Disaster management requires accurate information and must link mobile data collection and analysis to an immediate decision-making process. Existing approaches to assessing population movements in the immediate aftermath of disasters such as transport surveys and manual registration of individuals at emergency-relief hubs are often inadequate. However, they are important for record-keeping purposes.
The lack of timely and accurate information about movement and communications of affected populations can limit the effectiveness of the humanitarian response. However, the growing ubiquity of mobile phones has revealed new opportunities for accessing such information. Real-time mobile phone data can provide valuable insights into the behaviour of affected populations during a disaster.
Professor David Laser, who holds joint appointments in the Department of Political Science and the College of Computer and Information Science at Northeastern, wants to use these data to better understand how we use our social networks during the time of crisis. Professor Laser and his group have developed an app for the purpose. The central idea is to see with whom people communicate. This will help in finding out whether people were able to get the resources and emotional support they needed.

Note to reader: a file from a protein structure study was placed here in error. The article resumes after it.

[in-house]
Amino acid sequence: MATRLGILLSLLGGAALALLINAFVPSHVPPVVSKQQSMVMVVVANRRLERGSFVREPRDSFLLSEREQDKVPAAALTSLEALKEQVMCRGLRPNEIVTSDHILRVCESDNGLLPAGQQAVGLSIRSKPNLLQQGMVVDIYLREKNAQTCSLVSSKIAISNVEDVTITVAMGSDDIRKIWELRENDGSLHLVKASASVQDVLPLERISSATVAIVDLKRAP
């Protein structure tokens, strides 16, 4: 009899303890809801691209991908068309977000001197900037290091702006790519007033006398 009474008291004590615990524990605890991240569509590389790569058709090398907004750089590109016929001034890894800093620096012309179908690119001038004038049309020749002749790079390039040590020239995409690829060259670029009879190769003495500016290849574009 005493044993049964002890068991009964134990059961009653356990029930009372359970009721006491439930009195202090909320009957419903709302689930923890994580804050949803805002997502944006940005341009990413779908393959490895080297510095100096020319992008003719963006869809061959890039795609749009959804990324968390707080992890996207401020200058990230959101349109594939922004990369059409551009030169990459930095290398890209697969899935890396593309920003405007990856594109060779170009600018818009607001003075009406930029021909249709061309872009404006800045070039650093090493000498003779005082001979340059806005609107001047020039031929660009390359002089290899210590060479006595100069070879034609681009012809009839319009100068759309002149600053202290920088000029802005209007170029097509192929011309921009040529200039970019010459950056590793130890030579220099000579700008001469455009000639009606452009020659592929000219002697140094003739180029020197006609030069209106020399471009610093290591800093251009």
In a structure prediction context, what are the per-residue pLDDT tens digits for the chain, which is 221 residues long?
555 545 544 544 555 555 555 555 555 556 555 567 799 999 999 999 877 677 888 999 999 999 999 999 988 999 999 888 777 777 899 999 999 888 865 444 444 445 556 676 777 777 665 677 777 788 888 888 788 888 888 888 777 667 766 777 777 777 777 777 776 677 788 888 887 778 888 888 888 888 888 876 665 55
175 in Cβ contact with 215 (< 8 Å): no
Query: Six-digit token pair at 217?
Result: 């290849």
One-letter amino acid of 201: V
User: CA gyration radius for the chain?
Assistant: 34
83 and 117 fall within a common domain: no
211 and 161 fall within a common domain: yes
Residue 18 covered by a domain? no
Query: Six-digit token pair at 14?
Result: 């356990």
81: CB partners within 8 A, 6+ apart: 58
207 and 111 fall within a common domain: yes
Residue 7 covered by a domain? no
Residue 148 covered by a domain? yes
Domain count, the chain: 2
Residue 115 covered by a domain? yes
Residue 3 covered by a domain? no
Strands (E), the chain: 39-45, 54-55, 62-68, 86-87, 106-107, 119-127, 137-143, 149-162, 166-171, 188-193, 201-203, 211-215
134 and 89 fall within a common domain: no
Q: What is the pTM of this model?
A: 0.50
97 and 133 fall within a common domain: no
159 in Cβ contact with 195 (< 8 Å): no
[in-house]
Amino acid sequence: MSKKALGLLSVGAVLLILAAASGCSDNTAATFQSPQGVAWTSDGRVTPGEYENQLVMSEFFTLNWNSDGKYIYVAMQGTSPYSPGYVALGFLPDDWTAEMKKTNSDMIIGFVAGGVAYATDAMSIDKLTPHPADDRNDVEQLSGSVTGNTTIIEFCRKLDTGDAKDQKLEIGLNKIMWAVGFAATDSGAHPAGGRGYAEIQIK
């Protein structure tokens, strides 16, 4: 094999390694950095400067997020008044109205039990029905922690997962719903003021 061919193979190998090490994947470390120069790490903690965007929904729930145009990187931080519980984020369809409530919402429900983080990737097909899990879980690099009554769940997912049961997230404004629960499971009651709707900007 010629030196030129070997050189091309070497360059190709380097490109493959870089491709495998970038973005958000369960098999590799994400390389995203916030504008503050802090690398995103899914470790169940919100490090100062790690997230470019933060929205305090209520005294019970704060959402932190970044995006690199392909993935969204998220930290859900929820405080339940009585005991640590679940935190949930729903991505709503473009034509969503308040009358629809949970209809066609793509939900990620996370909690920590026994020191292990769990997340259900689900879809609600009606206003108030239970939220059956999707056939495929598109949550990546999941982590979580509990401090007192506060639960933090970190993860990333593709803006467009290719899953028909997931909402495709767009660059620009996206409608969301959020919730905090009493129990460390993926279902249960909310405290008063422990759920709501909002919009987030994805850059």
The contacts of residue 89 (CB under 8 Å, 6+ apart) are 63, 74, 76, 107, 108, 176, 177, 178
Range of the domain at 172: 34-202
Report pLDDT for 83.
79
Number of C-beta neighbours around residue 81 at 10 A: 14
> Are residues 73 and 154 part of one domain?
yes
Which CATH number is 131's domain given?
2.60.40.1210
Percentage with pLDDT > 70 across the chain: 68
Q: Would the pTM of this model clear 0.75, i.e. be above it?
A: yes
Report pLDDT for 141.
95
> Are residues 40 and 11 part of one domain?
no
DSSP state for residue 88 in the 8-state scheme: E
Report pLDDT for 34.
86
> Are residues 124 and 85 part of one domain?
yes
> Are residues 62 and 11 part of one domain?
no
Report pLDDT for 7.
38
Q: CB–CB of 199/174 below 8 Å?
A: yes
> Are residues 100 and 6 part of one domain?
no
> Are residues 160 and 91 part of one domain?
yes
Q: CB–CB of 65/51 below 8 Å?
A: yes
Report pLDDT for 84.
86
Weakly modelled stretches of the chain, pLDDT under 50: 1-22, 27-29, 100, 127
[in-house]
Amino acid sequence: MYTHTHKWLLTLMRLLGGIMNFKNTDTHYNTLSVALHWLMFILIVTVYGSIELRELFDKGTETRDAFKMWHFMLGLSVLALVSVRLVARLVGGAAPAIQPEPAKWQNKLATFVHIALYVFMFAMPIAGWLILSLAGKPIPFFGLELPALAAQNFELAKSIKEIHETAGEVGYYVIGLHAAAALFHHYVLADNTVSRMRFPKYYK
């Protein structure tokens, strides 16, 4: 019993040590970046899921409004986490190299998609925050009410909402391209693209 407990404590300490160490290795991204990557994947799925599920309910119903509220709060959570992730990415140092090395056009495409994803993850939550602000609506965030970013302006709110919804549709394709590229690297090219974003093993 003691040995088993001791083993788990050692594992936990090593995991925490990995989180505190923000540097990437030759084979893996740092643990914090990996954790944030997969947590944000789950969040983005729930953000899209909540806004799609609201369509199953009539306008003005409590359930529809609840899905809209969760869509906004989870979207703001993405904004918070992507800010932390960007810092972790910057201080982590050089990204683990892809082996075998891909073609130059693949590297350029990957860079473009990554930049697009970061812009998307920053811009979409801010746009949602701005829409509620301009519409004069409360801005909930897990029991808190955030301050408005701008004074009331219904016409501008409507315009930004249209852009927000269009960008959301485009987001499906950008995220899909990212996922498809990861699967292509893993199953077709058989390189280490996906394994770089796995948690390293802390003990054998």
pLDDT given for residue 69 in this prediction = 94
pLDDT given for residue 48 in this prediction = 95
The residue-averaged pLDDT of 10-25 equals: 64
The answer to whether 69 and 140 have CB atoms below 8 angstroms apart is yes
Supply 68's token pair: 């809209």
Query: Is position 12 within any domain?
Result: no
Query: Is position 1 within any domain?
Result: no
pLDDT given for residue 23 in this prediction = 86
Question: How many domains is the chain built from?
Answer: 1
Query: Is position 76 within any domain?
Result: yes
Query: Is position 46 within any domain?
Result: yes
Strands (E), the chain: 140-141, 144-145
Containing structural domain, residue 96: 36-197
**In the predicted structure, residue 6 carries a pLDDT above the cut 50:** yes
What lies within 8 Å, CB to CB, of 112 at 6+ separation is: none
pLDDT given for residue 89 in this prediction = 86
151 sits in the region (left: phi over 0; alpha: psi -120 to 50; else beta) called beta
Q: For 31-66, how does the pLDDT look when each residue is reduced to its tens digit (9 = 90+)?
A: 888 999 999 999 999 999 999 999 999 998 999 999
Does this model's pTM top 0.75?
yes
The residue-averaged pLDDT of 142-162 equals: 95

This app will first ask participants a series of multiple-choice questions. It will want to know who you were with when you heard the news. It will then reach into the phone’s call logs to identify the most frequently contacted people in the hours.
The effort could afford a better understanding of how information diffuses through society. This will, thus, enable better emergencies in the future. Additionally, with enough data like this, they hope one day they would be able to use social interaction patterns on devices and media to detect and possibly even predict emergency situations.